Tom Daniel:

So Sally, you were talking that enrollment... We've already started enrollment in this process for 2022. We do have a plan to hopefully shut this off though by April the 15th, because we want growers to go ahead and build into their cropping plans right now, the nitrogen management reductions that they're going to plan for the farm, right? So, this isn't a decision you make in June, it needs to be made now as to where you did with this. We definitely want to get growers engaged and we are still calculating that for 2022, it's a $15 per ton value on carbon that we're calculating. So a guy that's doing a .2 or a .3 there's 3 or 4, or maybe a little more dollars per acre that can be generated back just from being willing to record the data and enter it into one of these protocols. So I see 2022 as being a great opportunity for growers to take advantage of farm practices. They already plan to implement. They're not really making new change, they're just going to implement practices that they can actually generate a revenue from a nitrogen payment.

Dusty Weis:

Well, and Tom, these are some rate opportunities. They're certainly not going to be around forever and so if somebody is interested in learning more and getting involved, what's the best way for growers to show interest in programs like the nitrogen management program or the traceability project?

Tom Daniel:

Obviously one of the best ways is to get onto the Nutrien Ag Solutions website and get into the Agrible platform from there and enroll yourself in the Agrible platform and just sign up for a free account and then enter nutrien carbon, all lowercase in the codes and... In those situations, Dusty, the grower immediately then will be tagged and we'll know that he's looking for a possibility of a program and then we in turn will contact the grower through one of our crop consultants and make sure that he's interested or could qualify for one of these programs.

Dusty Weis:

Well, it's the time of season to be thinking about those things. So certainly a timely conversation here. And in past episodes, guys, we've talked as well about some of the really big goals the Nutrien Ag Solutions has for expanding its sustainability footprint. And I don't have to tell you guys that there's a world of difference between setting a goal and meeting a goal and so coming up after the break, we're going to talk to one of Nutrien Ag Solutions, frontline experts on getting from goal to execution. That's Sarah Fox coming up in a moment here on The Future, Faster. This is The Future, Faster, a sustainable agriculture podcast by Nutrien Ag Solutions. I'm Dusty Weis along with Tom Daniel and Sally Flis and we're joined now by Sarah Fox, director of sustainable ag strategic partnerships at Nutrien Ag Solutions. So Sarah, thanks for joining us.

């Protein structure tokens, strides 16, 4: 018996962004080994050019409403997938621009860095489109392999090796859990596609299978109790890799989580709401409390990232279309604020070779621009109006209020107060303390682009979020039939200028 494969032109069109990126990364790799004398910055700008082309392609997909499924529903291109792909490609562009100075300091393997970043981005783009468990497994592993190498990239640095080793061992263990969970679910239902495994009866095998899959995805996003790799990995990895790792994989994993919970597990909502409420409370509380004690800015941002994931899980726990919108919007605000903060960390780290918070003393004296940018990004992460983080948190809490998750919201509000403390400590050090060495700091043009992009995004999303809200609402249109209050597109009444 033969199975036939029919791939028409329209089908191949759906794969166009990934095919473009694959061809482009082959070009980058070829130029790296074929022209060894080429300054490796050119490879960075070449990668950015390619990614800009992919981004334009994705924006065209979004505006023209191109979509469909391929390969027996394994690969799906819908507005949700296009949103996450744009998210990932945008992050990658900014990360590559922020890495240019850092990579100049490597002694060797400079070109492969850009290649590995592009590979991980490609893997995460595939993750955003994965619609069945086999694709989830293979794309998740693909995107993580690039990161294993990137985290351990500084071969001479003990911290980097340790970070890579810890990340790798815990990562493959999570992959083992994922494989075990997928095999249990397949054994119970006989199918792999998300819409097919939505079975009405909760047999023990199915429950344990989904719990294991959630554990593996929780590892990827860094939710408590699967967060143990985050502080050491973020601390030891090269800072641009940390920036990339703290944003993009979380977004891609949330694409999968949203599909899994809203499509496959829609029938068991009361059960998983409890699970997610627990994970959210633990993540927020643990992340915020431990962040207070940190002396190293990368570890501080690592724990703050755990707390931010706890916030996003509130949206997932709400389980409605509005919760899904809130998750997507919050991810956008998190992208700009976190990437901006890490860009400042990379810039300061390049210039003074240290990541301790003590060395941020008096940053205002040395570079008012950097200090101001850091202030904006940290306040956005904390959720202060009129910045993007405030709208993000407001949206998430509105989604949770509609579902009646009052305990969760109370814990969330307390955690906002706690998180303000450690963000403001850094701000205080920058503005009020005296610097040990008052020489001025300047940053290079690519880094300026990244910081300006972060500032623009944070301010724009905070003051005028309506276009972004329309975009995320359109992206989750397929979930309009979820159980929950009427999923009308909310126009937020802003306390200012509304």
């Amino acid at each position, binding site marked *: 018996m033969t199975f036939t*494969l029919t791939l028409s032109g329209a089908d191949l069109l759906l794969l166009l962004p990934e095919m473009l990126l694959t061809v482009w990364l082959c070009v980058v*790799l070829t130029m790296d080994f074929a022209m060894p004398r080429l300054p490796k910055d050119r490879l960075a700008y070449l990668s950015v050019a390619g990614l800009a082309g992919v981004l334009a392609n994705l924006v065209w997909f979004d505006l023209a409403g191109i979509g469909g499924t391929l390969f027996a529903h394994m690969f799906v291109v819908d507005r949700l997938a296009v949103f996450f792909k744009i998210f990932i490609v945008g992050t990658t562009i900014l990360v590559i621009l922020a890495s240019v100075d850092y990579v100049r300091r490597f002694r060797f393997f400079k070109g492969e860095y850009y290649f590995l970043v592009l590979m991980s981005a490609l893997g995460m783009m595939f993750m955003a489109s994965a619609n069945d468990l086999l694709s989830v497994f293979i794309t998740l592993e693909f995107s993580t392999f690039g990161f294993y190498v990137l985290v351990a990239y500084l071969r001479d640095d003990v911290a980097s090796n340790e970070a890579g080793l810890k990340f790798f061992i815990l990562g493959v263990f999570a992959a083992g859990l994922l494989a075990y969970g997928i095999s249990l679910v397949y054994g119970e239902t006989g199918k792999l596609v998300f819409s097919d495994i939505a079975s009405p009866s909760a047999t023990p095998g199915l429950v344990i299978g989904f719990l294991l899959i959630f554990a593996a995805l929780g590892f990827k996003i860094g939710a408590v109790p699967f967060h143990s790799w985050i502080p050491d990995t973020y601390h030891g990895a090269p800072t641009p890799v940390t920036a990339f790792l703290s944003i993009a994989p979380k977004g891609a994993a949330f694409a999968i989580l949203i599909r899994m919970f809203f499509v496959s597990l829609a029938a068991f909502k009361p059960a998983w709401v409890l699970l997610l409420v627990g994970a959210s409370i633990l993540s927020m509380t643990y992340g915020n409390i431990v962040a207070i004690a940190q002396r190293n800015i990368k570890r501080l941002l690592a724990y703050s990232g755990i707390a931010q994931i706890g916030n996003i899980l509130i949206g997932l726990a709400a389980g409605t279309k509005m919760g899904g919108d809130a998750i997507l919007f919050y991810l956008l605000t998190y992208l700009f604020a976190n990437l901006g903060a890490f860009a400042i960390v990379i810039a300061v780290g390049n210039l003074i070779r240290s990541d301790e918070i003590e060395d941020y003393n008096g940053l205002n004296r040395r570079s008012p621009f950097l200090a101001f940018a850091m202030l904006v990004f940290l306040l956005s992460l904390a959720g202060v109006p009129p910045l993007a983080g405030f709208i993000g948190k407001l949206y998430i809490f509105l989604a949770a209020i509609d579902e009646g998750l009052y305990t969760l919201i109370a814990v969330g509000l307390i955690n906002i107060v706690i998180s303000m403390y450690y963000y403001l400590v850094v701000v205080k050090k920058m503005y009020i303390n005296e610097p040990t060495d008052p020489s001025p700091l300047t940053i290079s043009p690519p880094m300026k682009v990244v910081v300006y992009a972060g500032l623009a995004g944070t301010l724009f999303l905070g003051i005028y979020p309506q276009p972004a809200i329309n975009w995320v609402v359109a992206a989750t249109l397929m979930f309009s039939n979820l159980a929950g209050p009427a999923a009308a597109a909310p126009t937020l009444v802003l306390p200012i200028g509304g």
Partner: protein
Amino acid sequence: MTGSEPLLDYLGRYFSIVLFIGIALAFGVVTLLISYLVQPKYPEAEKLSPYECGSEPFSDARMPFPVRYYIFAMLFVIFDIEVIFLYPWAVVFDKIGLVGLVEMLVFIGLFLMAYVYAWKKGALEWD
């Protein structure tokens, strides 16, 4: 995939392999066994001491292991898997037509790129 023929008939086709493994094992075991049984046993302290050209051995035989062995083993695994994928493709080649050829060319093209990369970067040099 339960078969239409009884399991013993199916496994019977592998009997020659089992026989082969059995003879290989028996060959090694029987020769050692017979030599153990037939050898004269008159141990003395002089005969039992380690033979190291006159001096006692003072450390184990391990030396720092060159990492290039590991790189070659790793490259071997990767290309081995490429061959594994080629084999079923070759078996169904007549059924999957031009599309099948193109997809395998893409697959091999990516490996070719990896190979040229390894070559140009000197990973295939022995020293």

Sarah Fox:

Thank you for having me.

Dusty Weis:

Sarah, the last episode of this podcast, we spoke about Nutrien Ag Solution's goal of adopting sustainable and productive agriculture products and practices on 75 million acres globally by the year 2030. That's a big number to say the least, so could you start out maybe by explaining what exactly that means?

Sarah Fox:

Yeah, the sustainable acre, it's productive and sustainable acres and that goal is really a goal set by our ESG group for shareholders. So it's a way that we communicate with our shareholders on our climate risks and opportunities and so that's really what the goal is around. The retail business however though, it's the group that makes it happen. And so we're the ones who actually define what a sustainable acre is in the field and then measure and track it and help report up on those ESG goals.

Dusty Weis:

Sarah, one topic that's going to come up a lot in this conversation is ESG and ESG reporting. And for those who aren't familiar with the acronym, what is ESG?

Sarah Fox:

So ESG stands for environmental, social and governance. It refers to the collection of a corporate's performance and its evaluation criteria along those areas. So they lump them all together and you get an ESG report, it's social responsible investing or impact investing is another our term that people use. So we, as a company are going to be measuring each of those areas and then putting out our own report and then an independent verifier gives us our credit and our number that they define us under.

Dusty Weis:

And is that report just available to anybody that's looking for it or people that are potentially thinking about investing in Nutrien?

Sarah Fox:

Yes, it is publicly available and it's on the Nutrien website as well.

Dusty Weis:

That's great. And of course, we'll put a link to that in the episode description as well. So if that's something that you're interested in reading, go ahead and pull up your episode description, it'll be there for you.

Tom Daniel:

So, let me ask you this question. What are we thinking about, how are we going to measure this moving forward? And what do you think will be the data requirements for us to actually measure 75 million acres?

Sarah Fox:

Yeah, so part of our team's goal is to make this as easy and as seamless as possible for the field. So we're going to be working on that easy button, trying to develop something digitally so that we can track and measure this pretty quickly and easily. But right now what we're trying to do is really define it, define it as a business, what is truly a sustainable acre. And then from that point, we'll start putting in place the measurement pieces and the tracking pieces. And we can promise you that as a sustainable ag team, we'll do the heavy lift on this and we'll just be asking for a little bit of data points here and there, but we'll be the ones who actually track and measure that.